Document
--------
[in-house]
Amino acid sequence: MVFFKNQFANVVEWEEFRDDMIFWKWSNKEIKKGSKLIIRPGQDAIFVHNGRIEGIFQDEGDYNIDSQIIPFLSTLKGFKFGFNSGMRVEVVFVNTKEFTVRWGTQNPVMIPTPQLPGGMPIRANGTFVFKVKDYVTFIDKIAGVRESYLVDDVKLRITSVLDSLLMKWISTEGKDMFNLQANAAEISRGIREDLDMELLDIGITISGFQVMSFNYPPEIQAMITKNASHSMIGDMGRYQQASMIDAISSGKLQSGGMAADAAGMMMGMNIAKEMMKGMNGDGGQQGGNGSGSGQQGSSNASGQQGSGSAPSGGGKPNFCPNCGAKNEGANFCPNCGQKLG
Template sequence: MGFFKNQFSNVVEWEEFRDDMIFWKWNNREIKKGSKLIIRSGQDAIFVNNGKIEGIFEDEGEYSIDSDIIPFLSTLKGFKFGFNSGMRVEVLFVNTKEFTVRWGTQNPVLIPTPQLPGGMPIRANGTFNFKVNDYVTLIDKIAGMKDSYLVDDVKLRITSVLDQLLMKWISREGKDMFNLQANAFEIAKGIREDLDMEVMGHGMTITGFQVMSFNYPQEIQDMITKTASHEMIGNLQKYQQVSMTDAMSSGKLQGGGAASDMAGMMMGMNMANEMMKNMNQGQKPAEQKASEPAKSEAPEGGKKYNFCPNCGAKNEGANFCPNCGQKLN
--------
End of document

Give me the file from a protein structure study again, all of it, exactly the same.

[in-house]
Amino acid sequence: MVFFKNQFANVVEWEEFRDDMIFWKWSNKEIKKGSKLIIRPGQDAIFVHNGRIEGIFQDEGDYNIDSQIIPFLSTLKGFKFGFNSGMRVEVVFVNTKEFTVRWGTQNPVMIPTPQLPGGMPIRANGTFVFKVKDYVTFIDKIAGVRESYLVDDVKLRITSVLDSLLMKWISTEGKDMFNLQANAAEISRGIREDLDMELLDIGITISGFQVMSFNYPPEIQAMITKNASHSMIGDMGRYQQASMIDAISSGKLQSGGMAADAAGMMMGMNIAKEMMKGMNGDGGQQGGNGSGSGQQGSSNASGQQGSGSAPSGGGKPNFCPNCGAKNEGANFCPNCGQKLG
Template sequence: MGFFKNQFSNVVEWEEFRDDMIFWKWNNREIKKGSKLIIRSGQDAIFVNNGKIEGIFEDEGEYSIDSDIIPFLSTLKGFKFGFNSGMRVEVLFVNTKEFTVRWGTQNPVLIPTPQLPGGMPIRANGTFNFKVNDYVTLIDKIAGMKDSYLVDDVKLRITSVLDQLLMKWISREGKDMFNLQANAFEIAKGIREDLDMEVMGHGMTITGFQVMSFNYPQEIQDMITKTASHEMIGNLQKYQQVSMTDAMSSGKLQGGGAASDMAGMMMGMNMANEMMKNMNQGQKPAEQKASEPAKSEAPEGGKKYNFCPNCGAKNEGANFCPNCGQKLN